On August 13, two days before the festival’s start, there were already traffic jams caused by the exodus of people making their way to the festival grounds in an attempt to get there early and grab a spot before it gets too crowded.
Woodstock’s organizers had prepared for a crowd of 150,000, but by the second day of the festival, somewhere between 400,000 to 500,000 had already descended upon Max Yasgur’s dairy farm.
The Impact Thereafter
Thanks to all the coverage in the media, Woodstock had an impact far beyond its actual borders. Following Woodstock, an eponymous documentary film, the year was released to critical acclaim and distribution across the United States.
It really felt like it was a time for social and cultural change, mainly due to population demographics. According to the US Census Bureau, 36% of the US population was under 18 in 1960. A youth movement was underway.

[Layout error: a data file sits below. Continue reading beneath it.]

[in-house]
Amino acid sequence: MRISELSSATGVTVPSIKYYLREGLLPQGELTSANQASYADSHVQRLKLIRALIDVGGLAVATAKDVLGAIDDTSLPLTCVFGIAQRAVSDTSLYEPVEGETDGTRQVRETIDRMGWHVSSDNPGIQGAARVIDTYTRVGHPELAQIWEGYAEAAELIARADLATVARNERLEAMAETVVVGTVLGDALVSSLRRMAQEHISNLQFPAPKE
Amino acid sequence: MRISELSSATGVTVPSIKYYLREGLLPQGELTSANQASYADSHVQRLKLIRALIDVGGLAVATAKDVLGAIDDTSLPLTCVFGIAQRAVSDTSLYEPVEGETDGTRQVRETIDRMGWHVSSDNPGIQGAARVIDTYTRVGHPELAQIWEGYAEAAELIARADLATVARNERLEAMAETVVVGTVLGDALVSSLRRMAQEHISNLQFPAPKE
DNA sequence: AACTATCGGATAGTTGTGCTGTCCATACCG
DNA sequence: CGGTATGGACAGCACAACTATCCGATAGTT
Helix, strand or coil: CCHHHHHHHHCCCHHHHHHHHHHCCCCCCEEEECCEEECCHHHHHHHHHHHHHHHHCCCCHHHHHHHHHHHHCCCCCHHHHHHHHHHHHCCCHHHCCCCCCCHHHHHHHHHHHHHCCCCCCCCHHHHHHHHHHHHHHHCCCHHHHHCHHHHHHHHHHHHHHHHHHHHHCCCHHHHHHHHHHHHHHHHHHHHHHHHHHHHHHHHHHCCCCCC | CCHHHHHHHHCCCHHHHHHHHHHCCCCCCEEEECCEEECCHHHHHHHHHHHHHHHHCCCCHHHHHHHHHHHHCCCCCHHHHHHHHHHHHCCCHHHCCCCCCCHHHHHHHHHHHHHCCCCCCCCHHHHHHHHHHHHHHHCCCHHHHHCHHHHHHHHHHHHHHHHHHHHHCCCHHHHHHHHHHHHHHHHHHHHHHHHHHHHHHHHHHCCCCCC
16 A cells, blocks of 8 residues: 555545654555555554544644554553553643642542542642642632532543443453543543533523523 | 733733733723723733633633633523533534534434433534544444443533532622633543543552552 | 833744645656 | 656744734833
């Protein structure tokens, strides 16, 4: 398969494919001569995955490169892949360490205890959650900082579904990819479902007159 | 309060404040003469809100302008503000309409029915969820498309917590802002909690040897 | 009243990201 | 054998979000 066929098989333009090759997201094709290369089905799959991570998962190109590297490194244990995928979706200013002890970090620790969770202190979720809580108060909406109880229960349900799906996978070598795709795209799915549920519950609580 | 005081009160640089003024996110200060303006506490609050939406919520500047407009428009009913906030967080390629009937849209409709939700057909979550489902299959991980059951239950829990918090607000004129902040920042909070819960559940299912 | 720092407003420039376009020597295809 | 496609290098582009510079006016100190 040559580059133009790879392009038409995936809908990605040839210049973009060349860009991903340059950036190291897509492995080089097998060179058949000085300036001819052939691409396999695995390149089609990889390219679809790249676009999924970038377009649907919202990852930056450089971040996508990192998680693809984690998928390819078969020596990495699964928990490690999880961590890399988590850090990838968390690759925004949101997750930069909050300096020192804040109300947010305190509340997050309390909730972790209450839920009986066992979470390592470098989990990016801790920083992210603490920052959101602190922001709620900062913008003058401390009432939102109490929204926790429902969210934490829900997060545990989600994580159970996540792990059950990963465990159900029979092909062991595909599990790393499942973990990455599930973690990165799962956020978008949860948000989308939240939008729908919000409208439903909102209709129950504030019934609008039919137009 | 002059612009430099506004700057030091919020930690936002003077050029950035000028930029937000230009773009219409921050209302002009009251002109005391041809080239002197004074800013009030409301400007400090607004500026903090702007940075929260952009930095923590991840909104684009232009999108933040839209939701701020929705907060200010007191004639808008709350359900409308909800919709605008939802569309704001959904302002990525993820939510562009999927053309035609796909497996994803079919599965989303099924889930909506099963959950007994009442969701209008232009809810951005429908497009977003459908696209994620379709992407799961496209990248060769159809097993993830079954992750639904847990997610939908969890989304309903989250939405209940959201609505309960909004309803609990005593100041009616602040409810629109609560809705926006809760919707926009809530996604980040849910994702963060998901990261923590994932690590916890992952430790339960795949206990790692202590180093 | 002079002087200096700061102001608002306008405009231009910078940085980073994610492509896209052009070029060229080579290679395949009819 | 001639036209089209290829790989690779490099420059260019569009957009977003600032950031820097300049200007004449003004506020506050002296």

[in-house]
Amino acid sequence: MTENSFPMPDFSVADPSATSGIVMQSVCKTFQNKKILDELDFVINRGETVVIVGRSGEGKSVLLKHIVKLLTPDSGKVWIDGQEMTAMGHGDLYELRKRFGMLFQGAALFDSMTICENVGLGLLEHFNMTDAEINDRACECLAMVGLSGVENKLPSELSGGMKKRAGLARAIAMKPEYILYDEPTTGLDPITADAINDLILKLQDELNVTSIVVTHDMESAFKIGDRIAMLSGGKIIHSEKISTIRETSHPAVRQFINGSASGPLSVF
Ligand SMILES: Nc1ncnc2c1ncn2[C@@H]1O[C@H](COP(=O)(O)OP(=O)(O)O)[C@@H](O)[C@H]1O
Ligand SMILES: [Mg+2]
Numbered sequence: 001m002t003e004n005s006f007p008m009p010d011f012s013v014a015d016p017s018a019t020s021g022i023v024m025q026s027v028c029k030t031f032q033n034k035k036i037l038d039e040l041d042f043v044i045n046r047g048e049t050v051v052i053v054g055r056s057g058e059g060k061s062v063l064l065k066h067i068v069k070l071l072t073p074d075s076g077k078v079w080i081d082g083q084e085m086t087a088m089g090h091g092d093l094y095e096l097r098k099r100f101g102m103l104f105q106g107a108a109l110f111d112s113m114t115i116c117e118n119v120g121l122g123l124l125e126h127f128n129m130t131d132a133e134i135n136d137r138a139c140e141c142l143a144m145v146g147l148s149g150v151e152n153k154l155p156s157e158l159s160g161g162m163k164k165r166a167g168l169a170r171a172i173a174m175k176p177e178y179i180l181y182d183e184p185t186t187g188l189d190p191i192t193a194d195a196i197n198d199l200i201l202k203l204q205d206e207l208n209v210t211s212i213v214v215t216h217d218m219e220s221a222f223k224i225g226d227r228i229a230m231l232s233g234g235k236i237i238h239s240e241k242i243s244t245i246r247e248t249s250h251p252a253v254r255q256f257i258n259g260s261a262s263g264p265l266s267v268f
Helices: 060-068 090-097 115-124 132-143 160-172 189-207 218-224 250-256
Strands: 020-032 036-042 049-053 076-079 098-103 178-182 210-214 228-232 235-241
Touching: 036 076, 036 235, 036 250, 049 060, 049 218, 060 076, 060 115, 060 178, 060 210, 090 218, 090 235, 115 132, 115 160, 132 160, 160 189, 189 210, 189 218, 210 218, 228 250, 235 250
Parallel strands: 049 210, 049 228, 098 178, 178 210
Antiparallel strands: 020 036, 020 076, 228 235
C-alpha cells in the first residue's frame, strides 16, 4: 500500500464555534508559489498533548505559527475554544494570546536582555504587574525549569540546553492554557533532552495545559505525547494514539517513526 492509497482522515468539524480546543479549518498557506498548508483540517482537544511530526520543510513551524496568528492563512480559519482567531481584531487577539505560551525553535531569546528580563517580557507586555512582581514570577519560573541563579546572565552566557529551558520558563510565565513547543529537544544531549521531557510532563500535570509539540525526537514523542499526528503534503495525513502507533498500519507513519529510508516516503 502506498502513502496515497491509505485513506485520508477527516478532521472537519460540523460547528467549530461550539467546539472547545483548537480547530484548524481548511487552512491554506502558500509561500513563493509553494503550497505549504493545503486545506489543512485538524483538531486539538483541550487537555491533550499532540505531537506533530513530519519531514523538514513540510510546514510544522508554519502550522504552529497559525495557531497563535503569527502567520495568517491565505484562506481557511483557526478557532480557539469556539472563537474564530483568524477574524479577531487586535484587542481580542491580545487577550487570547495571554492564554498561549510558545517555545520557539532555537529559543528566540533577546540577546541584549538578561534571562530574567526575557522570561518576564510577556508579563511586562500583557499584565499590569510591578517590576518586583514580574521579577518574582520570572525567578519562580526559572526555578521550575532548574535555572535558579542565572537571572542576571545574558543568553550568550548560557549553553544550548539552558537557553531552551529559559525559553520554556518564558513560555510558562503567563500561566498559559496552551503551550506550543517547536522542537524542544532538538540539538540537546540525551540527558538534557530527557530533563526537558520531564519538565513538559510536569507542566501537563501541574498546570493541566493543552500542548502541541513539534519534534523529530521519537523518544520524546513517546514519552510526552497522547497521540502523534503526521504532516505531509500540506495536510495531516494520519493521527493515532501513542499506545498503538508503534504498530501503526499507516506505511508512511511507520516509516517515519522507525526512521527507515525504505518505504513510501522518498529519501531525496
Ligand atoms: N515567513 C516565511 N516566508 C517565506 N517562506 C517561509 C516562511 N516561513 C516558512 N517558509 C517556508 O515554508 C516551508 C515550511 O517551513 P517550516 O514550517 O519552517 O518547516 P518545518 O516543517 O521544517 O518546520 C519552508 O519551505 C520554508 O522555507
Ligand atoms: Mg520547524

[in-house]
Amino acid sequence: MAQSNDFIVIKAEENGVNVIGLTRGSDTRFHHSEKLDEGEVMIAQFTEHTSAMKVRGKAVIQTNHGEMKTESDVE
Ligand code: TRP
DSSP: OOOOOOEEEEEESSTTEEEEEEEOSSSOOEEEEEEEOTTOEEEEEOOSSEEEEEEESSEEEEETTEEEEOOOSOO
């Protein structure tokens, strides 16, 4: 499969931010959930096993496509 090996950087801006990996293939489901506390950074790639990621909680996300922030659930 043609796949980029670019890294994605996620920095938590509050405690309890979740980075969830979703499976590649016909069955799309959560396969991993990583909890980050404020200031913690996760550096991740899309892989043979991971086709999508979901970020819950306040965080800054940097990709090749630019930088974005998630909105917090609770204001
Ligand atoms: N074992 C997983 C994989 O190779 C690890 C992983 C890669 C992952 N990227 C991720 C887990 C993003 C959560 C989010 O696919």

Despite the logistical nightmares and unexpected crowds, Woodstock went off relatively hitch-free. There were barely any reported crimes, and surprisingly not nearly as many fatalities as most skeptics were expecting.
The counterculture mantra of love and peace won out with an audience that almost reached half a million and it brought people together from all over the country.
Waiting for the Bus
Like all music festivals, Woodstock showcased the younger generation wearing the new styles — from bell bottoms and crop tops to knit dresses. Here we see a group as they wait for a bus to take them to the festival grounds.
Fashions of the era represented youth, from the colorful outfits that reflected vibrant optimism and expressed a romantic yearning for an equal society.
Here we have another view of just how big and expansive the crowd was at the opening ceremony. Swami Satchidananda first came to America in 1966; Yoga was mostly unknown here.
Health food stores only contained bottles of vitamin supplements and photos of bodybuilders. When people heard of the word yogi, they thought of a popular cartoon. All this changed when Swami Satchidananda arrived, and since his appearance at Woodstock, his ideas and teachings slowly seeped throughout America.